Terence Wong

See no religion, hear no religion

By  Terence Wong, Youth Speak News
  • March 8, 2013

Updated 03/11/13 - Corrections on volunteer appreciation event title

When in a conversation regarding anything political, I’m often told to keep my religious beliefs to myself and out of the conversation.

I find this ironic. A person or group is using their personal beliefs (or lack thereof) in an attempt to hinder my freedom of speech. Recent news is more or less the same.

Ashu Solo of Saskatoon, who has no religious beliefs, has filed a human rights complaint and written a letter to the city council and mayor complaining that he felt “like a second-class citizen” when a city councillor gave a prayer of grace before the meal at a volunteer appreciation event titled “Volunteer Appreciation Dinner.”

Even if you agree Solo has a point, the extreme reactions of Canadians when it comes to expressions of religious belief in public are rather irrational.

The catchphrase “separation of church and state” is hurled around with about the same level of understanding that’s demonstrated by toddlers mimicking their parents.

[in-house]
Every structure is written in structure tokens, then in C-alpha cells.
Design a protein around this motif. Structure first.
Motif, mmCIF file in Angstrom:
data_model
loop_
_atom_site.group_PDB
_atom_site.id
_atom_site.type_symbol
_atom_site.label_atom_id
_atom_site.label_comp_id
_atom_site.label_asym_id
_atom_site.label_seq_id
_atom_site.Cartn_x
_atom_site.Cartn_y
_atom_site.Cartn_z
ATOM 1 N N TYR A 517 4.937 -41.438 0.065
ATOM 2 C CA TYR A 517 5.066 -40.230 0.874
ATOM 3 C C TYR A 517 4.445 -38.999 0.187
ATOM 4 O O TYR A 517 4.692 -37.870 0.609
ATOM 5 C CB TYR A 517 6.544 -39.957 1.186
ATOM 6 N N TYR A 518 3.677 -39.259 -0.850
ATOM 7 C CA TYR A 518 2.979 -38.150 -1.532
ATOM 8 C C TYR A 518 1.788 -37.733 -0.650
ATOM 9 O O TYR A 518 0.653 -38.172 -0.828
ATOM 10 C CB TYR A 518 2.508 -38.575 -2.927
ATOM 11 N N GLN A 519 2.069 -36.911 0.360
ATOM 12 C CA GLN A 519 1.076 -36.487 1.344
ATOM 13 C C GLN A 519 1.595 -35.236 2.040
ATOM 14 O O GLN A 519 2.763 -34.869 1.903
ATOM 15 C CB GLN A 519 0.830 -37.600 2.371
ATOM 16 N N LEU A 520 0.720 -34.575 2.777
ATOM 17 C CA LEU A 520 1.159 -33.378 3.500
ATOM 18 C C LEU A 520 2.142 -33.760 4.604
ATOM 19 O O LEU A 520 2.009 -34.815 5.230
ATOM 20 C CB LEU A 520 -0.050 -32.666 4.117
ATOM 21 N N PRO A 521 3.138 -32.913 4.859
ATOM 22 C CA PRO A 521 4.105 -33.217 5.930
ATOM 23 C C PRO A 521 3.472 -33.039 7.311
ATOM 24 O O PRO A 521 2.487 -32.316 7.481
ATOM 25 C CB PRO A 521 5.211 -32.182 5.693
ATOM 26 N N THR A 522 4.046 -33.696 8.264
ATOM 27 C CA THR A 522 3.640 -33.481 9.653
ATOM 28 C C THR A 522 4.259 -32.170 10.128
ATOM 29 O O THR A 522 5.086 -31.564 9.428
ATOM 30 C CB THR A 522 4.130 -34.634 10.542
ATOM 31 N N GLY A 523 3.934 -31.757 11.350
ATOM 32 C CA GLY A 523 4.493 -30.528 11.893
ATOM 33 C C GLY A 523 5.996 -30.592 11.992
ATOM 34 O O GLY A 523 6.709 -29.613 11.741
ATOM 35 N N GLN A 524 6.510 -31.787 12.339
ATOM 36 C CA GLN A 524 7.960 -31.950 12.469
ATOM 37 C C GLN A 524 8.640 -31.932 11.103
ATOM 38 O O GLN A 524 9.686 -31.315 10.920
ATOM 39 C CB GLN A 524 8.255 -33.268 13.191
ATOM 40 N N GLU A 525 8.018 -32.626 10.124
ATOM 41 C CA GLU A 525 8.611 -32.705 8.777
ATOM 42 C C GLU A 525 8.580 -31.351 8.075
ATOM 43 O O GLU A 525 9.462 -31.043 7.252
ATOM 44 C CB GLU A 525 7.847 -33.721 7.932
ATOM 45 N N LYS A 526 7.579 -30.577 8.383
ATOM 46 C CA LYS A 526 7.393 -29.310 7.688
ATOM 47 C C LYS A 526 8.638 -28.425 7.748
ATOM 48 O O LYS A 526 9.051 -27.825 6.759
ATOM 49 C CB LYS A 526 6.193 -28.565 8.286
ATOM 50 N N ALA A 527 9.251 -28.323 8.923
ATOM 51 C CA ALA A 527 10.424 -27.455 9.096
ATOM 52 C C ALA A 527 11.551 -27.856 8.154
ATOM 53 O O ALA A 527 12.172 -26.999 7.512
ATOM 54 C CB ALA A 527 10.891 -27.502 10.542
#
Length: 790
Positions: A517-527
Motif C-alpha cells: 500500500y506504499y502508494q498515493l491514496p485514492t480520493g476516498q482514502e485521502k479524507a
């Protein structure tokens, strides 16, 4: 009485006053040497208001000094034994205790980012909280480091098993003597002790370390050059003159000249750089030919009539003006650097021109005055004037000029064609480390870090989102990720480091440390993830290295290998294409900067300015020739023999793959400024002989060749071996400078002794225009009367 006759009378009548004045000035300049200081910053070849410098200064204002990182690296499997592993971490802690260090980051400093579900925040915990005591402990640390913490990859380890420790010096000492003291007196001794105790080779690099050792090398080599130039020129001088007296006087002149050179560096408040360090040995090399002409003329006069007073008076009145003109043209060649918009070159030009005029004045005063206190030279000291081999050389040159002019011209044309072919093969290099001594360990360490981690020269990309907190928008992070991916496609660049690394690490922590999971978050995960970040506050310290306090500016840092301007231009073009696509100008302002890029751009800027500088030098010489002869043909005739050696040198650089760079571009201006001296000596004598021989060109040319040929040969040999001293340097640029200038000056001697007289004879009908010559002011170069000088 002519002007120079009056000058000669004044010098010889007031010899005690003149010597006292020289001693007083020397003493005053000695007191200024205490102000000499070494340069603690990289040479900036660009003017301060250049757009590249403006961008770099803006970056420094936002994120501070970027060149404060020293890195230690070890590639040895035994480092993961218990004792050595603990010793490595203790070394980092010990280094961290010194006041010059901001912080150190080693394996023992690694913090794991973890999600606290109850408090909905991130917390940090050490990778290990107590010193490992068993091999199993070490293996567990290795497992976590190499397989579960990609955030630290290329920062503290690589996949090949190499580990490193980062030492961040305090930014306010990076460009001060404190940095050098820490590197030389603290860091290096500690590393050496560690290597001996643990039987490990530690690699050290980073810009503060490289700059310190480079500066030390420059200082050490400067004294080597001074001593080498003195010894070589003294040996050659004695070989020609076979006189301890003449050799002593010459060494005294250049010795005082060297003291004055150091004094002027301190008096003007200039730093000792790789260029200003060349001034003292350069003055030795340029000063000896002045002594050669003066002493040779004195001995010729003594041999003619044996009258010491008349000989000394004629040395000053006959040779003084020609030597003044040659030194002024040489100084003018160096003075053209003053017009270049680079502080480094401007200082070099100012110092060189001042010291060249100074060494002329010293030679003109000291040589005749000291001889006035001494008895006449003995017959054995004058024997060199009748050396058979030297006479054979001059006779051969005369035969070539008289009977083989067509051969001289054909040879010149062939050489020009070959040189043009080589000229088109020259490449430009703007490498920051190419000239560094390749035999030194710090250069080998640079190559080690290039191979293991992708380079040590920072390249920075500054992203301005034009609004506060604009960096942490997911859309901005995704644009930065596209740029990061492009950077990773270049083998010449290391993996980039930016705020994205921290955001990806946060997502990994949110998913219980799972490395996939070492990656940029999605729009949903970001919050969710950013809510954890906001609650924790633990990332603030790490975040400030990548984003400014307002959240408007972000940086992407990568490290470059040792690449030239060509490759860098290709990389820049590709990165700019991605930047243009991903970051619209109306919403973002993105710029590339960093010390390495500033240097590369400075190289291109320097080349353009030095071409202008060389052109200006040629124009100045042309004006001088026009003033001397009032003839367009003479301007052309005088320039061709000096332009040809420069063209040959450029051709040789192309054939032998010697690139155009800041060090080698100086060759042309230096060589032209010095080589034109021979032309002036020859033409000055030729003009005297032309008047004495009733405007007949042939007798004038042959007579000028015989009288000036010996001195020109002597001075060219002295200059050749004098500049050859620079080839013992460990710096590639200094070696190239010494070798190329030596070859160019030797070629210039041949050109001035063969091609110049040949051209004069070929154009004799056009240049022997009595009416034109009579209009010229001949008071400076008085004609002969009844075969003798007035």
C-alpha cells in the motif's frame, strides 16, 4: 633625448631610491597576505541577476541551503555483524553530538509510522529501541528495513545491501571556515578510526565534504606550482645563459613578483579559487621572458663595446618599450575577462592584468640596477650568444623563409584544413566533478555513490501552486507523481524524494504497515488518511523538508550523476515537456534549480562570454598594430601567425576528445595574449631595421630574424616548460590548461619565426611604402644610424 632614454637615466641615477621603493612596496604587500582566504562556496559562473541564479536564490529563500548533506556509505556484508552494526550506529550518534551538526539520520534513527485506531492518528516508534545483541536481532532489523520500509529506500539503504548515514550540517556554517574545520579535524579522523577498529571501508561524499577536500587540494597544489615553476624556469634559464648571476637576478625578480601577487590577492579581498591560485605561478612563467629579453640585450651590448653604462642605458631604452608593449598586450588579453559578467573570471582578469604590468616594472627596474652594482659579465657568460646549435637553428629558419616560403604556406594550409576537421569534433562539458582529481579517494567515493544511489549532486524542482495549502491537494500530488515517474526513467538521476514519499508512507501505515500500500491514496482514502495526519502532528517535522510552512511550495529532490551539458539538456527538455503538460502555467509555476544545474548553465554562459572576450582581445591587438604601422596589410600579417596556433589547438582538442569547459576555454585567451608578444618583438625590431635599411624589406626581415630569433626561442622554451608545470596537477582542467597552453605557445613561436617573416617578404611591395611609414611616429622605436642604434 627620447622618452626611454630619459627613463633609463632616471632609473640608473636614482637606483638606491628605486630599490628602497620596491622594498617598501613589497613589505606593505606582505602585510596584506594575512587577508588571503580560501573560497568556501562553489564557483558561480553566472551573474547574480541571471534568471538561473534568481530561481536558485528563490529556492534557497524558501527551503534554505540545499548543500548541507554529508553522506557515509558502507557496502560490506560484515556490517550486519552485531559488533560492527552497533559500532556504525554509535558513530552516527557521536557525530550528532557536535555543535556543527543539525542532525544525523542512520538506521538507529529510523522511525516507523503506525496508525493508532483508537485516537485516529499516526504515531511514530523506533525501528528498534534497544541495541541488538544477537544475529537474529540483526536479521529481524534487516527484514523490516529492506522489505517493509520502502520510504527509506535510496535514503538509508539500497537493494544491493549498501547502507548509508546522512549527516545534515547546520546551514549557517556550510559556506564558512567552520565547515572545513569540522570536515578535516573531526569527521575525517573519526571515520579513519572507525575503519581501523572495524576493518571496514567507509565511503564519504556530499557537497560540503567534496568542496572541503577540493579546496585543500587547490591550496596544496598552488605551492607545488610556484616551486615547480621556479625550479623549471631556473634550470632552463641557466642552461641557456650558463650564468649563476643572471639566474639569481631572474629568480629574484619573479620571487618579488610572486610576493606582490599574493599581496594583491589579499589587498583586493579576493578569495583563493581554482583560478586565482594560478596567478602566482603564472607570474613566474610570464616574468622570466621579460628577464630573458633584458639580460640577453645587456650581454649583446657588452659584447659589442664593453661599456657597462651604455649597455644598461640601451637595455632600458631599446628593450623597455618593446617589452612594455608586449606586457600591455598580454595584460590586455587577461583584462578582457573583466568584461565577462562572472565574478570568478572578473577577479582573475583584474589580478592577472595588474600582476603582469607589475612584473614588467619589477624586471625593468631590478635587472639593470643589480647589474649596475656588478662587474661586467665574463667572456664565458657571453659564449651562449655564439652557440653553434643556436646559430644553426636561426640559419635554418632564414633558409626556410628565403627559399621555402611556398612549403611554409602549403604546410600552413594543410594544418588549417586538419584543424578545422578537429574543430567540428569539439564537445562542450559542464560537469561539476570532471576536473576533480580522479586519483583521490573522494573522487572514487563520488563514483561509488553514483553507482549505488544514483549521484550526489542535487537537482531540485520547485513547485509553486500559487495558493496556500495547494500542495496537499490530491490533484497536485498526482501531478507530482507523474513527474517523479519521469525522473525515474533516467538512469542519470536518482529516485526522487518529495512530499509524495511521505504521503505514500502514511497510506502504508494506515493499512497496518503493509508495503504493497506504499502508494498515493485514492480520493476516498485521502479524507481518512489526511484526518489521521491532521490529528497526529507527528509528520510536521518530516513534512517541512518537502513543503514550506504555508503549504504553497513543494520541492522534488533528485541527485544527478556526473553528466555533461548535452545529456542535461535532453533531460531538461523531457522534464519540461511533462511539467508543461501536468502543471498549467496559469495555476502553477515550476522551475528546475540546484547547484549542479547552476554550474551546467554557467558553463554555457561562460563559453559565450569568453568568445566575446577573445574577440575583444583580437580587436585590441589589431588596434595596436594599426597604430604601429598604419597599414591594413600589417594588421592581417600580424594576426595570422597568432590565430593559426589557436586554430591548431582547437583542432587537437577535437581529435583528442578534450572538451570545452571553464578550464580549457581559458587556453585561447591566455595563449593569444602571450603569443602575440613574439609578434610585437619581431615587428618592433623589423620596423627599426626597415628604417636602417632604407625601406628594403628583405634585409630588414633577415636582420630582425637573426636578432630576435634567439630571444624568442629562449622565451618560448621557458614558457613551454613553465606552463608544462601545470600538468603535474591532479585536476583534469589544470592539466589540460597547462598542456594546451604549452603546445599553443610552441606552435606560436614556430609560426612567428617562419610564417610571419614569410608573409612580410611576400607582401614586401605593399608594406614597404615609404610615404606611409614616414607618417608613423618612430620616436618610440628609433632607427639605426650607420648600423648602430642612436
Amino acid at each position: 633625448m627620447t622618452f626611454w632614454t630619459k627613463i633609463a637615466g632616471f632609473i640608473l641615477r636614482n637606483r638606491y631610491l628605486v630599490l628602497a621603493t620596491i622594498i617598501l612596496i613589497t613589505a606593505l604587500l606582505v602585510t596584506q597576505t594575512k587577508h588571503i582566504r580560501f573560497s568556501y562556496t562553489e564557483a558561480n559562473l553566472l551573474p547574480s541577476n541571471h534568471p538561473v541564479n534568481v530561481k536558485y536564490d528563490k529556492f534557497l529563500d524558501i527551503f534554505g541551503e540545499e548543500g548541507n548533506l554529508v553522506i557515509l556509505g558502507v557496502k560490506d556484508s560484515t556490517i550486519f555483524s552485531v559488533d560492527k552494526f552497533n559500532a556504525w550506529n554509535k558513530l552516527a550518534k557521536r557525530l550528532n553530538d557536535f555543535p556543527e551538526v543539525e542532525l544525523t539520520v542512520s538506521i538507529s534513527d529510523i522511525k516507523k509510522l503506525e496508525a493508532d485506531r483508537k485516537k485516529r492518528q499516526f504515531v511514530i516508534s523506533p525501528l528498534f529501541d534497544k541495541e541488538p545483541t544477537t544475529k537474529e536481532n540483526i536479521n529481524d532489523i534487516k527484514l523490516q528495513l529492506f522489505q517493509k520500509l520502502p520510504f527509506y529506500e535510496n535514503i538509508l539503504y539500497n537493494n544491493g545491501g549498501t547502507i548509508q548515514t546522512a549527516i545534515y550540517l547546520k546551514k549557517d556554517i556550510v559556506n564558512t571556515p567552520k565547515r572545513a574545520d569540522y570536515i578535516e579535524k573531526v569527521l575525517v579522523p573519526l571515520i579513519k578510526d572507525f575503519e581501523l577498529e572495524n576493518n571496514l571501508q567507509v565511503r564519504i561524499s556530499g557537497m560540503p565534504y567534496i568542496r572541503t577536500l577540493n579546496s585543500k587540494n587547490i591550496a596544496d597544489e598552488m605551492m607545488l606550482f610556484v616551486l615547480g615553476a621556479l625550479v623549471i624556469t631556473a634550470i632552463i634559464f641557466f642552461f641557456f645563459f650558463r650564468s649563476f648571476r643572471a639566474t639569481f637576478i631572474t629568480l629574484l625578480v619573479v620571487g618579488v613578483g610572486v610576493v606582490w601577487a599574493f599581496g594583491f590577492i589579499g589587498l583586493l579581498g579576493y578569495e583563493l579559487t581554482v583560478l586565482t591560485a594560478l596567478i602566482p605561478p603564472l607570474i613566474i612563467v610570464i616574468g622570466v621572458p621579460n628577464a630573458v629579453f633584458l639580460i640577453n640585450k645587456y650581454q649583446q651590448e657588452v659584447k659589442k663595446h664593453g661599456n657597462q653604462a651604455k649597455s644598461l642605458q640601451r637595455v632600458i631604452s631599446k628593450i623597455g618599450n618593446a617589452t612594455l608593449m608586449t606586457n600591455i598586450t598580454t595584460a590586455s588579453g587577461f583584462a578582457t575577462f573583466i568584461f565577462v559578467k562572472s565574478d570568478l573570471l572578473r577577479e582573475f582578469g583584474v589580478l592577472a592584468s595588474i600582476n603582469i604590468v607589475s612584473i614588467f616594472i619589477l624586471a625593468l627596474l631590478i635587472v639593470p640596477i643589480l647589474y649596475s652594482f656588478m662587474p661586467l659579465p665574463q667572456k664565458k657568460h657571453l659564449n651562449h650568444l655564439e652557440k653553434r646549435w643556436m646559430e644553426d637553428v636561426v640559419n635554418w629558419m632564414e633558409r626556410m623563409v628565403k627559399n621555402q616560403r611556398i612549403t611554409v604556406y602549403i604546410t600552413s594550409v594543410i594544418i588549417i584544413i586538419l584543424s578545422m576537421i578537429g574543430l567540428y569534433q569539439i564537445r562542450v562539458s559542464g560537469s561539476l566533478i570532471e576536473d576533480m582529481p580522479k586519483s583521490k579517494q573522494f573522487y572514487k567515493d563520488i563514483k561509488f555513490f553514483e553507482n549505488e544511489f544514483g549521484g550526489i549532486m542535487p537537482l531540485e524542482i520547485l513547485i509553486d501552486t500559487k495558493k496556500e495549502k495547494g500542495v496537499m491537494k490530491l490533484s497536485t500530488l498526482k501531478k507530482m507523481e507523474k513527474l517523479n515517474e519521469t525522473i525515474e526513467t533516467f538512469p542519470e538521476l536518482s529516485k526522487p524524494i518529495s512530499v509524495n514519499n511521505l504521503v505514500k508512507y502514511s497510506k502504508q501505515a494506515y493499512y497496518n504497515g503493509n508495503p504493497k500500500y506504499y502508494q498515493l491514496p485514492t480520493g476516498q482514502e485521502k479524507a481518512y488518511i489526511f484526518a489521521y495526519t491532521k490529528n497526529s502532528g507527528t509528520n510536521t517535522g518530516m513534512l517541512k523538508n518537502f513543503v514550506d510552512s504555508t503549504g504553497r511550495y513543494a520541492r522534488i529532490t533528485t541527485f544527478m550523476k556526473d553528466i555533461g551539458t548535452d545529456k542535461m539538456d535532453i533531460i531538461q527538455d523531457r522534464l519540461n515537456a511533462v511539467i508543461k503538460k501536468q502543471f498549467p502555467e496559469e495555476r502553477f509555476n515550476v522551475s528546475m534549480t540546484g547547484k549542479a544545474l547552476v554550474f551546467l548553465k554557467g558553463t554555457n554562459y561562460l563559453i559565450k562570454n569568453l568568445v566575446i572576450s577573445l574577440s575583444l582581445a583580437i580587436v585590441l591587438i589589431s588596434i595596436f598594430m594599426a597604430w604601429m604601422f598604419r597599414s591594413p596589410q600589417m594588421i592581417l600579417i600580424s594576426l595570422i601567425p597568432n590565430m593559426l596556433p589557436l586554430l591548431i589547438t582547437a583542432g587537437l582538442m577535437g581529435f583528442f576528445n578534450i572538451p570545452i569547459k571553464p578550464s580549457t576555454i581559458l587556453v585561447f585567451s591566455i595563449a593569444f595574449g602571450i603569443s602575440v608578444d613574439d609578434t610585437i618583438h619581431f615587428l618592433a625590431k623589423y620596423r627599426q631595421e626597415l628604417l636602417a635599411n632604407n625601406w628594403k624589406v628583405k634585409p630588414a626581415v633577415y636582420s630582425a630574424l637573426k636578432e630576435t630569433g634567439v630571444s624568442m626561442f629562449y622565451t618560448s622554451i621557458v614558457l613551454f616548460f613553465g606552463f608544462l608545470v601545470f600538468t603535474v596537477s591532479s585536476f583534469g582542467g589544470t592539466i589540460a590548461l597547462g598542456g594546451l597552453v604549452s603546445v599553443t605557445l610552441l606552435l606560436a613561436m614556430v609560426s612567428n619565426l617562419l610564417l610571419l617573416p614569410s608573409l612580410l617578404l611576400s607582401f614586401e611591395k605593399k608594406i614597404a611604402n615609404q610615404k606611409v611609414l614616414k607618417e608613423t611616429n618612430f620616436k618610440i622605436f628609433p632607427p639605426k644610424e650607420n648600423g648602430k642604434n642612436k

The purpose of separating church and state is to prevent either organized religion or the state from taking over the role of the other, thereby safeguarding a number of rights and freedoms, such as those of association, speech and conscience.

What Solo wants is a hostile separation of church and state, whereby the state never tolerates public expressions of belief, but rather contains them like one contains a dangerous substance. The prayer in question that so deeply offended Solo’s atheistic views was not used to spread hate or used to convert the diverse group in attendance. It was a blessing and an expression of a councillor’s belief.

It wasn’t a hostile Christian takeover of government, but an appropriate way to open a prayer breakfast — to pray. No one was forced to pay attention or to repeat the words.

I will concede that perhaps it would have been better to have prayers and blessings that acknowledged the different faiths present at the gathering. But Solo has rejected the mayor’s offer to do just that in order to find common ground.

The position that religion can’t play a role in society as expressed through the beliefs of those holding public office is taken too far these days.

If Solo feels like a second-class citizen whenever a prayer is uttered, I wonder how he would feel if he saw a government official wearing a turban in the Sikh manner.

As an atheist, he should not interpret every public expression of faith as a personal affront.

(Wong, 21, is a fourth-year history and political studies student at Queens University in Kingston, Ont.)

 

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